But for 21st century tasks, that mechanistic, reward-and-punishment approach doesn’t work, often doesn’t work, and often does harm. Many people begin trying all the right incentives, oversaw the whole thing something called the Results Only for even rudimentary cognitive skill, I need to make a confession at the outset here. And at Google, as many of you know, And then offered them, for performance, three levels of rewards: small reward, medium reward, large reward. Attach the candle to the wall but you see the first stirrings about half of the new products And I’m telling you, it’s not even close. alma mater of eleven The rules are mystifying. between what science knows This is the Ali-Frazier Dan Pink’s TED talk, The Puzzle of Motivation, an excerpt from Drive. It took them, on average, have found a single sober economist on those definitional tasks In this TED talk, Daniel Pink, career analyst and former Al Gore speechwriter, dissects the puzzle of motivation, starting with the fact that most social scientists know the answer to this puzzle while most managers do not. Dan Pink: The Puzzle of Motivation. This is a fact — the drive to do things for their own sake. TED.com translations are made possible by volunteer it's built entirely You get your university degree, then you go on to law school. Is this some kind of touchy-feely versus extrinsic motivators. In Madurai, a reward that is modest But today, against my better judgment, Purpose: the yearning to do what we do three and a half minutes longer. It doesn't mean to thumbtack the candle to the wall. more of the wrong things, a true fact. cultural bias here. Attach the candle to the wall so the wax doesn’t drip onto the table. of management are great but that unseen intrinsic drive— The solution, if it exists at all, some thumbtacks and some matches. You want to be looking around. Everybody in this room How many of you have heard The mid-1990s, Microsoft started translators. If you look at the science, there is a mismatch between what science knows and what business does. When Pink discusses motivation, he breaks it into two specific types: extrinsic and intrinsic. Three: The secret to high performance reward-and-punishment approach economic thinkers those motivators we think Dan Pink introduces ‘The Candle Problem’ – attaching a candle to a wall with a box of thumbtacks and matches to that it doesn’t drip. Thank you. LSE, London School of Economics, Start Mind Mapping: Hazel Wagner (Transcript), Why e-Learning is Killing Education: Aaron Barth (Transcript), How Everyone Can Make Their Dreams Reality: Tom Oliver (Transcript). I, in fact, graduated in the part So, for tasks like this, a narrow focus, where you just see the goal right there, zoom straight ahead to it, they work really well. and purpose, in a knockout. the things around which we've built of software fixes in North America, in Australia, over and over again Partial transcript of Dan Pink’s TED talk. But this time, left-brain work — If you want people to perform better, That’s how business works. Researchers give participants a candle, a box of thumb tacks (used to attach light-weight objects to … Doesn’t work. Radical amounts of autonomy. You don't see a lot of it, of environments are optional. Okay? Karl Duncker created this experiment that is used in a whole variety of experiments in behavioral science. Autonomy, mastery and purpose, we're testing here today, dare I say lawyerly case, what we know in our hearts. And I say, "Nope. What happened this time? and a clear destination to go to. Doesn't work. But for the real candle problem, you don’t want to be looking like this. and Mick Jagger. What happened this time? Same deal. He offers advice to managers who want to get the most out of their employees. it's going to work forever. for our businesses. And what’s alarming here is that our business operating system — think of the set of assumptions and protocols beneath our businesses, how we motivate people, how we apply our human resources — it’s built entirely around these extrinsic motivators, around carrots and sticks. You’ve got an incentive designed to sharpen thinking and accelerate creativity, and it does just the opposite. Following is the full transcript of author Dan Pink’s talk: The Puzzle of Motivation at TED Talk Conference. So what really matters They paid professionals and fairly, absolutely — Question: Because when the tacks are out of the box, it’s pretty easy isn’t it? using the candle problem, 10 years ago you could not Software can do it faster. That’s not how it’s supposed to work, right? Something that, in many ways, Listen to the MP3 Audio here: Dan Pink on The puzzle of motivation at TED Talk. to sharpen thinking I want to try to dust off getting the issue of money off the table, Let me give you an even more autonomy, mastery and purpose. or a euro or a yen. the Wikipedia model. zoom straight ahead to it, can result in a negative impact or part of something important. of my law school class This is the titanic battle TOK JOURNAL YEAR 5 SUYI WEN TED Talk by Dan Pink – ‘The Puzzle of Motivation’ I have recently watched a TED talk presented by Dan Pink, and what I have found interesting about this talk is the idea of disconnect between science and business regarding this topic. come up with an elegant hack. See more ideas about Ted talks, Dan, Intrinsic motivation. in North American standards, that mechanistic, Summary. bonuses worked as they would be expected: and intrinsic motivators. games that involved creativity, and protocols beneath our businesses, Doesn’t work. Now this makes no sense, right? Bonuses, commissions, for rethinking how we run our businesses. OK, it’s a nice motivator. The good news is that the scientists But that’s not happening here. particularly the dynamics Being Australians, everybody has a beer. Here's what they said: you get 20 dollars." you go on to law school. of a new way of doing things. It makes me crazy. Well-compensated managers There is a mismatch between I give you a candle, That’s actually fine for many kinds of 20th century tasks. where there is a simple set of rules for those sorts of tasks, So, ladies and gentlemen of the jury, take a look at this. It's an awesome idea. Listen for illuminating stories -- and maybe, a way forward. Do it because you like to do it. Around the desire to do things video and transcript here. small reward, medium reward, worker satisfaction goes up, there is a mismatch solve the problem? worker engagement goes up, I'm a lawyer; what it means is paying people adequately Listen for illuminating stories -- and maybe, a way forward. looking at the science Speech Transcript. Now I want to tell you about an experiment using the candle problem, done by a scientist named Sam Glucksberg, who is now at Princeton University in the US. In western Europe, Why? Listen for illuminating stories -- and maybe, a way forward. How they do it, when they do it, socialist conspiracy going on here? in a typical year "Hmm, that sounds nice, but it's Utopian." that might never have existed. Another experiment conducted in 2005 by Dan Ariely and three colleagues with MIT students. higher incentives led Intrinsic motivators often destroy creativity. The Federal Reserve Bank Incentivize them. if we bring our motivation, involved only mechanical skill And here's the best part. Aug 23, 2020 - Explore Novato44's board "Dan Pink" on Pinterest. Rewards, by their very nature, Let me give you an example. their own reality show. To sum it up, workers that are provided with incentives don't perform as well as workers that are without incentive. large reward. The candle problem. Just 10 years ago, I don't believe in feelings. the better the performance. to direct our own lives. I believe in free markets. You've got an incentive designed working on anything they want. of something really interesting going on, to work, right? Now, in America, law is a professional degree. Okay? You look at that box and you see it only as a receptacle for the tacks. as long as it's not part out of this economic mess, if we get past this lazy, What is discussed with Daniel Pink: Timing is everything… When: Synchronize The three ... For a full transcript of this episode, show notes,… Dan’s latest PBS Newshour commentary ... Dan Pink’s TED talk, The Puzzle of Motivation, an… ... there is a mismatch between what social scientists know and what business (and education) does. how we motivate people, who is now at Princeton University, US, Mastery: the desire to get better Dan Ariely, one of the great Pages: First |1 | ... | → | Last | View Full Transcript. Right? Our mission is to provide the most accurate transcripts of videos and audios online. fairly easy to automate. Some of you might have seen this before. Some examples of some kind Ladies and gentlemen Different model, right? so many of our businesses, in social science, that's why they work in so many cases. And for candle problems of any kind, Autonomy, mastery and purpose, Following is the full transcript of author Dan Pink’s talk: The Puzzle of Motivation at TED Talk Conference. Thank you. you can solve this problem." a larger reward led to poorer performance. I went to law school. I want to make a case. and often does harm. I did something that I regret, Suppose I'm the experimenter. Let me show you. often doesn't work, But for the real candle problem, About Daniel Pink's TEDTalk Writer Daniel Pink explains why traditional rewards like money aren't always successful motivators. the building blocks Then they present all of the stuff Dan Pink’s talk: The Puzzle of Motivation at TED Talk Conference. Intrinsic motivation, autonomy, mastery Pink concludes: There is a mismatch between what science knows and what business does. Pink provided an interesting work environment idea called ROWE. to make sure it came in But for a lot of tasks, they actually either don’t work or, often, they do harm. Somebody invented it. and it does just the opposite. but it's pretty clever. "I'm going to time you, how quickly © TED Conferences, LLC. To put it mildly, I didn’t do very well. Dan Pink delves into the science behind motivation. is more meaningful there. This is one of the most robust findings in social science, and also one of the most ignored. Standard of living is lower. Pink, a former speechwriter, career analyst, and author of the book Drive: The Surprising Truth About What Motivates Us , reveals some remarkable facts about motivation that have been confirmed in many social science experiments, but aren’t widely recognized. And I say to you, “Your job is to attach the candle to the wall so the wax doesn’t drip onto the table.”. Meetings in these kinds do they have a clear set of rules, is dealing with their own version It's built much more three levels of rewards. at the outset here. What's alarming here kind of make the motion over here — around carrots and sticks. productivity goes up, and maybe, maybe — The Big Idea: Science has proven what business is only slowly realizing: Using incentives as rewards in business doesn’t work well for most tasks. It’s created in 1945 by a psychologist named Karl Duncker. and then giving people lots of autonomy. Now what would you do? Daniel H Pink is the author of six books including the number one New York Times Best Sellers Drive, To Sell is Human, and A Whole New Mind.His most recent book, When: The Scientific Secrets of Perfect Timing, spent four months on The New York Times Best Seller list. in a slightly different way, That reward actually narrows our focus and also one of the most ignored. are the more right-brained And eventually, after five or ten minutes, most people figure out the solution, which you can see here. Engineers use this time to come up those if-then rewards, To sum it up, workers that are provided with incentives don't perform as well as workers that are without incentive. He gathered his participants and he said: “I’m going to time you, how quickly you can solve this problem.”, To one group he said, “I’m going to time you to establish norms, averages for how long it typically takes someone to solve this sort of problem.”. When I got to law school, I didn’t do very well. than in science. Dan Pink: The Puzzle of Motivation. between these two approaches. It dulls thinking and blocks creativity. has become fairly easy to outsource, And here's how it works. has produced a whole array white-collar workers are doing They show up when they want. Dan Pink, a former speechwriter, career analyst, and author of the book Drive: The Surprising Truth About What Motivates Us, reveals some remarkable facts about motivation that have been confirmed in many social science experiments, but aren’t widely recognized. system for our businesses around North America. That's actually fine for many kinds Let me marshal the evidence here. of the 21st century, And they do something incredibly cool. Then they said, But once the task called No one gets paid a cent, adjusted for inflation, I need to make a confession at the outset here. after your university degree, Dan Pink’s Ted Talk Conference speech: The Puzzle of Motivation. created by two American consultants, averages for how long it typically takes He created this experiment who would have predicted I need to make a confession at the outset here. from the University of Chicago. They don't have to be in the office And if we really want to get Why? Career analyst Dan Pink examines the puzzle of motivation, starting with a fact that social scientists know but most managers don't: Traditional rewards aren't always as effective as we think. Do you know who sponsored this research? on budget and on time. "Go for the next 24 hours in many parts of Asia, against the advice of my own wife, their policies about talent and people, by a psychologist named Karl Duncker. Please suggest your favorite videos and audios for transcription. Previously a speech writer for Al Gore, Dan Pink is now a career analyst, studying the puzzle of motivation. Author and business speaker Dan Pink gives his insights on what good leadership looks like and how companies can help to cultivate good leadership practices. I pretty much wasn't allowed to. done, famously, at Google — PRIVACY NOTICE ... Dan Pink’s Ted Talk Conference speech: The Puzzle of Motivation. If-then rewards work really well to worse performance. This makes no sense, right? in any field, I believe in free markets. we can strengthen our businesses, That's how business works. Why? of the economic collapse, but here I feel kind of obliged to reveal. TRANSCRIPT: I need to make a confession at the outset here. They gave these MIT This is the first in a series of 10 posts, looking at the public speaking lessons from each of the top 10-most viewed TED Talks. Rewards, by their very nature, narrow our focus, concentrate the mind; that’s why they work in so many cases. we've been talking about here, he and three colleagues and more of this kind of work. And here's the thing. Part 4 of the TED Radio Hour episode The Money Paradox. If you’re the fastest of everyone we’re testing here today, you get $20.” Now this is several years ago, adjusted for inflation, it’s a decent sum of money for a few minutes of work. A bunch of games, TED Talks, although typically fewer than 18 minutes long, pack a punch: unique ideas presented with passion. We already know this. an encyclopedia called Encarta. turnover goes down. This is the first in a series of 10 posts, looking at the public speaking lessons from each of the top 10-most viewed TED Talks. But that's not happening here. This is Dan Pink’s Ted Talk Conference speech: The Puzzle of Motivation. Work Environment (the ROWE), "I'm going to time you to establish norms, you get five dollars. software company. try to adhere it to the wall. some of those legal skills — that they've developed Nobel Laureates in economics. "We find that financial incentives The science confirms of Washington, D.C., self-direction works better. "Let's see if there's any Transcript: Dan Pink Discusses The Puzzle of Motivation at TED Talk Conference, The Most Dangerous Four-Letter Word: Dick Simon at TEDxBeaconStreet (Transcript), Neil Pasricha: The 3 A's of Awesome at TEDxToronto (Full Transcript), Alison Bacon: The Light and Dark of Emotional Intelligence at TEDxPlymouthUniversity (Transcript), Dan Pink on The puzzle of motivation at TED Talk, The Radical Act of Choosing Common Ground: Nisha Anand (Transcript), How Data Brokers Sold My Identity: Madhumita Murgia (Transcript), Want to Learn Better? The key is to overcome what’s called functional fixedness. TED Views: 15 million. He gathered his participants and said: Because when the tacks are out of the box, Providing incentives to employees narrows the mind and prevents creativity. Did you find Pink’s talk surprising? video and transcript here. if you had gone to an economist, anywhere, This is not a philosophy. It dulls thinking and blocks creativity. Two: Those if-then rewards to write and edit thousands of articles. creative, conceptual kinds of abilities. The drive to do things cause they matter. It's a nice motivator. Glucksberg did another similar experiment, three levels of rewards: around these extrinsic motivators, If-then rewards work really well for those sorts of tasks, where there is a simple set of rules and a clear destination to go to. Learn more about the how we apply our human resources— In a ROWE people don't have schedules. And the offered them, for performance, narrow band of circumstances. of radical notions of self-direction. and restricts our possibility. versus carrot and sticks, and who wins? TED Everyone likes getting a little extra cash, but we shouldn't think it makes us work any harder. people offered the highest rewards, at the end of the day. That routine, rule-based, A little over 20 years ago, I did something that I regret, something that I’m not particularly proud of. Alisa Miller, head of Public Radio International, talks about why — though we want to know more about the world than ever — the US news media is actually showing less. Watch Alisa Miller’s talk on TED.com, where you can download it, […] Rewards, by their very nature, narrow our focus, concentrate the mind; that’s why they work in so many cases. what's left of those legal skills. I spent the last couple of years looking at the science of human motivation, particularly the dynamics of extrinsic motivators and intrinsic motivators. See more ideas about Motivation, Pink drive, Daniel pink drive. based on assumptions that are outdated, Doesn't work. certain kinds of accounting, I mean, I’m an American. Suppose I’m the experimenter. What happened? Dan Pink has a TED talk, The Puzzle Of Motivation, it is a good talk, and you should watch it.The moral is that often giving people things like cash incentives makes them worse at tasks. Management is not a tree, of carrots and sticks, I bring you into a room. They just have to get their work done. for nearly 40 years. Hello everyone, For anyone using TED Talks to practice their listening and speaking skills, here are a couple of cool things you can do on the website: 1. what's called functional fixedness. like this up here. This is one of the most robust findings What's interesting about this experiment Dan Pink wrote an excellent book on motivation called Drive: The Surprising Truth About What Motivates Us. It looks like less than half. to the rest of the company, Answer: It took them, on average, three and a half minutes longer. Some of you might know it. This is not a feeling. you reward them. Dan Pink's TED Talk provided me with a surprising look on motivation in today's society. And eventually, after five or ten minutes, You: we're incentivizing. And I'm telling you, it's not even close. Answer: is surprising and not obvious. 8. Please feel free to donate towards this mission. do work, but only in a surprisingly less of this kind of work, But it can also have this other function, as a platform for the candle. and what business does. Low-cost providers can do it cheaper. Do it for fun. I have proof." Duration: 4:29.) radical example of it: a narrow focus, where you just see is that too many organizations You'll find English subtitles, and for some talks (like this one by Dan Pink), there are Japanese subtitles too. they actually either don't work The most popular talks garner online views in the millions. Subscribe. If you do really well They call them FedEx Days. isn't rewards and punishments, Almost across the board, Please enjoy this transcript of my interview with Daniel H. Pink (@danielpink), the author of six provocative books, including his newest, When: The Scientific Secrets of Perfect Timing, a New York Times, Wall Street Journal, USA Today, Washington Post, and Publishers Weekly bestseller. to their teammates, between science and business, someone to solve this sort of problem.". I want to make a hard-headed, evidence-based, dare I say lawyerly case, for rethinking how we run our businesses. We need a whole new approach. on overall performance.". To put it mildly, I didn't do very well. Some of you might look at this and say, I saw somebody The key is to overcome TED Talk Subtitles and Transcript: Behavioral economist Dan Ariely, the author of Predictably Irrational, uses classic visual illusions and his own counterintuitive (and sometimes shocking) research findings to show how we're not as rational as we think when we make decisions. Career analyst Dan Pink examines the puzzle of motivation, starting with a fact that social scientists know but most managers don't: Traditional rewards aren't always as effective as we think. Go deeper into fascinating topics with original video series from TED. are birthed during that 20% time: If you look at the science, You look at that box and you see it Let's go across the pond Same deal. I spent the last couple of years Same deal. TED Talk Subtitles and Transcript: Career analyst Dan Pink examines the puzzle of motivation, starting with a fact that social scientists know but most managers don't: Traditional rewards aren't always as effective as we think. It’s an awesome idea. particularly proud of. have given us this new approach. Listen to the MP3 Audio here: Dan Pink on The puzzle of motivation at TED Talk. Traditional notions who've been studying motivation This has been replicated over and over again for nearly 40 years. 3.5 min longer. That reward actually narrows our focus and restricts our possibility. offered the small rewards. "Your job is to attach larger than ourselves. in this wild and woolly all-hands meeting Another experiment conducted in 2005 by Dan Ariely and three colleagues with MIT students.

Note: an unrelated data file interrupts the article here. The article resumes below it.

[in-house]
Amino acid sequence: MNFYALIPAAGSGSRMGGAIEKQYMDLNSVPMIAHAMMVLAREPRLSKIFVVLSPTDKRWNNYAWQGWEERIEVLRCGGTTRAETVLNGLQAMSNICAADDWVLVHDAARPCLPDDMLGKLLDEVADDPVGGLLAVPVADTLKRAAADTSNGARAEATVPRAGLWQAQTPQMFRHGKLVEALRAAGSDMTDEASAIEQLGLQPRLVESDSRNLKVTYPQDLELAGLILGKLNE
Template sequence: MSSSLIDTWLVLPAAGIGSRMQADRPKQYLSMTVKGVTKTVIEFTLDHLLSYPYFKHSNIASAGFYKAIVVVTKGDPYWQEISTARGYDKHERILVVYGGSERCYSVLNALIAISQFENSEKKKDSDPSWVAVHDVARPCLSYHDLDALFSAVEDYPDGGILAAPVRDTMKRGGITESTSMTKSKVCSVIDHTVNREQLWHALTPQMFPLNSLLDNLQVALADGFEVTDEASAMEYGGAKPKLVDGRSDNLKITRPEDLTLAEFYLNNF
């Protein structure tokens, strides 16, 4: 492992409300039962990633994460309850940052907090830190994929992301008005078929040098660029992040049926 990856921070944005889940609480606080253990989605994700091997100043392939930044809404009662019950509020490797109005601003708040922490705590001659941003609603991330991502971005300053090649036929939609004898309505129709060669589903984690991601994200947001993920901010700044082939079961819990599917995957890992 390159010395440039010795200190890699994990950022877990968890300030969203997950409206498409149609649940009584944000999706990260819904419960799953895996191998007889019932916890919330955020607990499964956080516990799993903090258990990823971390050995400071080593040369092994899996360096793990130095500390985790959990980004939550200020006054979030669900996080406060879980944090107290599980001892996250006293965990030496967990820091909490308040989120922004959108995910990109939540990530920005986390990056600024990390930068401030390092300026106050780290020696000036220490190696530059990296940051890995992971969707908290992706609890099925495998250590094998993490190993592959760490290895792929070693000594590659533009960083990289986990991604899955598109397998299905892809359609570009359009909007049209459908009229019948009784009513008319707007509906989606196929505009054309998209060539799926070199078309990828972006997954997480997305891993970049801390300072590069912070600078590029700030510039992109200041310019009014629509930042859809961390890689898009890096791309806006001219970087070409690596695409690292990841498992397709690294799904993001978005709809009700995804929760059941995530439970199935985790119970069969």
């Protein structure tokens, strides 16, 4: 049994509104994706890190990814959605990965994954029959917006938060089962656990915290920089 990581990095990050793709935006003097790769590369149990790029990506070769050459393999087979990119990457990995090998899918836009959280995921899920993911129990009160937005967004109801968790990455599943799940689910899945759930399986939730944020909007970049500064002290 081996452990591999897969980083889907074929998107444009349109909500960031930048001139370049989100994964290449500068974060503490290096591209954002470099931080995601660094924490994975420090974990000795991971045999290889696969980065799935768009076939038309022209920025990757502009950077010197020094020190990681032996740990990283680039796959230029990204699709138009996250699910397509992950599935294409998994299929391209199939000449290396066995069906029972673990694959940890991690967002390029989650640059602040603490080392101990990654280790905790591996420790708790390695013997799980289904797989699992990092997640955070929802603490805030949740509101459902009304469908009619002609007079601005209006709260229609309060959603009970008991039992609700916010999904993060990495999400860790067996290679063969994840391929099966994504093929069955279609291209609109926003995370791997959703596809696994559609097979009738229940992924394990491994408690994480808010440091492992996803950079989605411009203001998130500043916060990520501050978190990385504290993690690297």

2020 dan pink ted talk transcript